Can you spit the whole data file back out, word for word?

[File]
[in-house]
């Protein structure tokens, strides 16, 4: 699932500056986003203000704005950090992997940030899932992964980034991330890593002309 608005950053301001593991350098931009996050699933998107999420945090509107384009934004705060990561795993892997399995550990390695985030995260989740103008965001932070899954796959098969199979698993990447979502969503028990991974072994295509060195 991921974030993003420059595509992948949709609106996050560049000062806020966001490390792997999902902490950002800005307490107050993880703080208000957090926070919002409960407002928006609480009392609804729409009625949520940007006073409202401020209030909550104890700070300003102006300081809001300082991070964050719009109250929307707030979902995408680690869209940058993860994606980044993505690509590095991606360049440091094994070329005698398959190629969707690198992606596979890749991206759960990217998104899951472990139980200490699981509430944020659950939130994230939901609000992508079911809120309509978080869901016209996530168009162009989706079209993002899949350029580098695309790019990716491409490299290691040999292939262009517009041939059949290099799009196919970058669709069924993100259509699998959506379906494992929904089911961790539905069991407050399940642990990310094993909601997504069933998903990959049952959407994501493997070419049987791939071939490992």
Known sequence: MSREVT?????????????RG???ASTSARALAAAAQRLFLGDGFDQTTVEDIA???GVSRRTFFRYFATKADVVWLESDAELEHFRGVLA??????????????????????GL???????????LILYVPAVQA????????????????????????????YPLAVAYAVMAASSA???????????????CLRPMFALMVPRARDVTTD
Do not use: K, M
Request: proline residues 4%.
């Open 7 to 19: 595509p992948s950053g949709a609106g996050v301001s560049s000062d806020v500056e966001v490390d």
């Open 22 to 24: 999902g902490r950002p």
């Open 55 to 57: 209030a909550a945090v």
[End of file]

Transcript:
[in-house]
């Protein structure tokens, strides 16, 4: 699932500056986003203000704005950090992997940030899932992964980034991330890593002309 608005950053301001593991350098931009996050699933998107999420945090509107384009934004705060990561795993892997399995550990390695985030995260989740103008965001932070899954796959098969199979698993990447979502969503028990991974072994295509060195 991921974030993003420059595509992948949709609106996050560049000062806020966001490390792997999902902490950002800005307490107050993880703080208000957090926070919002409960407002928006609480009392609804729409009625949520940007006073409202401020209030909550104890700070300003102006300081809001300082991070964050719009109250929307707030979902995408680690869209940058993860994606980044993505690509590095991606360049440091094994070329005698398959190629969707690198992606596979890749991206759960990217998104899951472990139980200490699981509430944020659950939130994230939901609000992508079911809120309509978080869901016209996530168009162009989706079209993002899949350029580098695309790019990716491409490299290691040999292939262009517009041939059949290099799009196919970058669709069924993100259509699998959506379906494992929904089911961790539905069991407050399940642990990310094993909601997504069933998903990959049952959407994501493997070419049987791939071939490992």
Known sequence: MSREVT?????????????RG???ASTSARALAAAAQRLFLGDGFDQTTVEDIA???GVSRRTFFRYFATKADVVWLESDAELEHFRGVLA??????????????????????GL???????????LILYVPAVQA????????????????????????????YPLAVAYAVMAASSA???????????????CLRPMFALMVPRARDVTTD
Do not use: K, M
Request: proline residues 4%.
């Open 7 to 19: 595509p992948s950053g949709a609106g996050v301001s560049s000062d806020v500056e966001v490390d």
């Open 22 to 24: 999902g902490r950002p």
């Open 55 to 57: 209030a909550a945090v």